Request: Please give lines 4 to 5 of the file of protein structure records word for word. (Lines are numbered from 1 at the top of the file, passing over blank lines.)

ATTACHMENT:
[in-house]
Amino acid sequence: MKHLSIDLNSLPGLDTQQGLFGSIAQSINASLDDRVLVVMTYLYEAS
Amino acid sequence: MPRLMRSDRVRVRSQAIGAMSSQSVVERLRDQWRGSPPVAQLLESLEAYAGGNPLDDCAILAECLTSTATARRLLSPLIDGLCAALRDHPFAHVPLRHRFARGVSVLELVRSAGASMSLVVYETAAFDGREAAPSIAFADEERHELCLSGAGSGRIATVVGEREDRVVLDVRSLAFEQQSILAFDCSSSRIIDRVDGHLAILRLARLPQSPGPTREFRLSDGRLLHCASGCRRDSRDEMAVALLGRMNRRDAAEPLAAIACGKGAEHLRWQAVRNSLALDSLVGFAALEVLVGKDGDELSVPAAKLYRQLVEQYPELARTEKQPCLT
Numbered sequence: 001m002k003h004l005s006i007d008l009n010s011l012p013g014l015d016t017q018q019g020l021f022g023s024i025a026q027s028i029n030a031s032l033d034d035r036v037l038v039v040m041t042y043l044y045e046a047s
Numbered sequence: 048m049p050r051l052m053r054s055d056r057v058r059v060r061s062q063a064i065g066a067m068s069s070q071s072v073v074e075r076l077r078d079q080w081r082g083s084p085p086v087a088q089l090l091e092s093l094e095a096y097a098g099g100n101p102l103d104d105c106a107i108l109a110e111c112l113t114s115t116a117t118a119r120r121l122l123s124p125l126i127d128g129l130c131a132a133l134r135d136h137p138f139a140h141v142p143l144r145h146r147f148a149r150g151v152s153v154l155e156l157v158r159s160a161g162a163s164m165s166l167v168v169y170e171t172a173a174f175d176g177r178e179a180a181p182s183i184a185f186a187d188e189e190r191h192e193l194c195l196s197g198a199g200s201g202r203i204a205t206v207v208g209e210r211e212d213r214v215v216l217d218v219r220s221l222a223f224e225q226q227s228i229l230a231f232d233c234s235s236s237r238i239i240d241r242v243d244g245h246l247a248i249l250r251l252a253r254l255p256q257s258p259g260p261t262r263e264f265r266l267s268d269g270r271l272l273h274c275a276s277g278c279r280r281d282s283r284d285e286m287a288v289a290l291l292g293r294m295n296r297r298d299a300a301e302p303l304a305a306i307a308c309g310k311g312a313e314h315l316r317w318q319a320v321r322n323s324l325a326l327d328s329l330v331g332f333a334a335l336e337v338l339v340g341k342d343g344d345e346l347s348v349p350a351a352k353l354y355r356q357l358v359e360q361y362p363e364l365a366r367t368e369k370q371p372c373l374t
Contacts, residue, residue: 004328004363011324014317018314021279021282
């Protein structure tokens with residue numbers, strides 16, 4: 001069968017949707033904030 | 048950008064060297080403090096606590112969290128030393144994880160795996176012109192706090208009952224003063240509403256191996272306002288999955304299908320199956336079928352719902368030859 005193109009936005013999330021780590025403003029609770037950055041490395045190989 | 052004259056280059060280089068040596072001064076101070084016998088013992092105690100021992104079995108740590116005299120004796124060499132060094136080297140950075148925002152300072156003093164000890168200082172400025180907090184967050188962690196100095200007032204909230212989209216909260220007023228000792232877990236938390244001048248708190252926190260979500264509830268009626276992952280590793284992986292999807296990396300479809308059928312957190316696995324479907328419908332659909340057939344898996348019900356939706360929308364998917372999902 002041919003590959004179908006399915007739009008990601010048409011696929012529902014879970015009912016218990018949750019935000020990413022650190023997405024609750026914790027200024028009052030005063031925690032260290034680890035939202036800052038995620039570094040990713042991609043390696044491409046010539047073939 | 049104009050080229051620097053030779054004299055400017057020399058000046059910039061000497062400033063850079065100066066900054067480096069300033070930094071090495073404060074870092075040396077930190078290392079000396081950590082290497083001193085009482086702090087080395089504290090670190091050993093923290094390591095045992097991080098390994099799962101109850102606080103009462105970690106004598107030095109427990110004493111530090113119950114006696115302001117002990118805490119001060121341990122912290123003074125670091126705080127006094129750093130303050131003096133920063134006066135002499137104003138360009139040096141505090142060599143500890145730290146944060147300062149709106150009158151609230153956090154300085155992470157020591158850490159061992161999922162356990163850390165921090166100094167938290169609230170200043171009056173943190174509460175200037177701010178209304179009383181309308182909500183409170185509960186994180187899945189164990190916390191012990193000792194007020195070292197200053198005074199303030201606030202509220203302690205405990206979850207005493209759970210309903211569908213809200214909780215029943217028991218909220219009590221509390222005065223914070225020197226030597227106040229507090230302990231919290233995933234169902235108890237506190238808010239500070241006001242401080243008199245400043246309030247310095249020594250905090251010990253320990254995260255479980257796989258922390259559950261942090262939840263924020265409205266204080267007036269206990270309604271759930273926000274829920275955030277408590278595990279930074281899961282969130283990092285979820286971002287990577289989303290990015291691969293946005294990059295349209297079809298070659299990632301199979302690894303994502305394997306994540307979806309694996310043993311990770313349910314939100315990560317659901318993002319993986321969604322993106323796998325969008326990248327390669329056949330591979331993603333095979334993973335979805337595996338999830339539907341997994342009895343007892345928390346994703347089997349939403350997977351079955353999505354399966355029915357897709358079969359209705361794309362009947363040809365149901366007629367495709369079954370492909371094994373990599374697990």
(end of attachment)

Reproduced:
Numbered sequence: 001m002k003h004l005s006i007d008l009n010s011l012p013g014l015d016t017q018q019g020l021f022g023s024i025a026q027s028i029n030a031s032l033d034d035r036v037l038v039v040m041t042y043l044y045e046a047s
Numbered sequence: 048m049p050r051l052m053r054s055d056r057v058r059v060r061s062q063a064i065g066a067m068s069s070q071s072v073v074e075r076l077r078d079q080w081r082g083s084p085p086v087a088q089l090l091e092s093l094e095a096y097a098g099g100n101p102l103d104d105c106a107i108l109a110e111c112l113t114s115t116a117t118a119r120r121l122l123s124p125l126i127d128g129l130c131a132a133l134r135d136h137p138f139a140h141v142p143l144r145h146r147f148a149r150g151v152s153v154l155e156l157v158r159s160a161g162a163s164m165s166l167v168v169y170e171t172a173a174f175d176g177r178e179a180a181p182s183i184a185f186a187d188e189e190r191h192e193l194c195l196s197g198a199g200s201g202r203i204a205t206v207v208g209e210r211e212d213r214v215v216l217d218v219r220s221l222a223f224e225q226q227s228i229l230a231f232d233c234s235s236s237r238i239i240d241r242v243d244g245h246l247a248i249l250r251l252a253r254l255p256q257s258p259g260p261t262r263e264f265r266l267s268d269g270r271l272l273h274c275a276s277g278c279r280r281d282s283r284d285e286m287a288v289a290l291l292g293r294m295n296r297r298d299a300a301e302p303l304a305a306i307a308c309g310k311g312a313e314h315l316r317w318q319a320v321r322n323s324l325a326l327d328s329l330v331g332f333a334a335l336e337v338l339v340g341k342d343g344d345e346l347s348v349p350a351a352k353l354y355r356q357l358v359e360q361y362p363e364l365a366r367t368e369k370q371p372c373l374t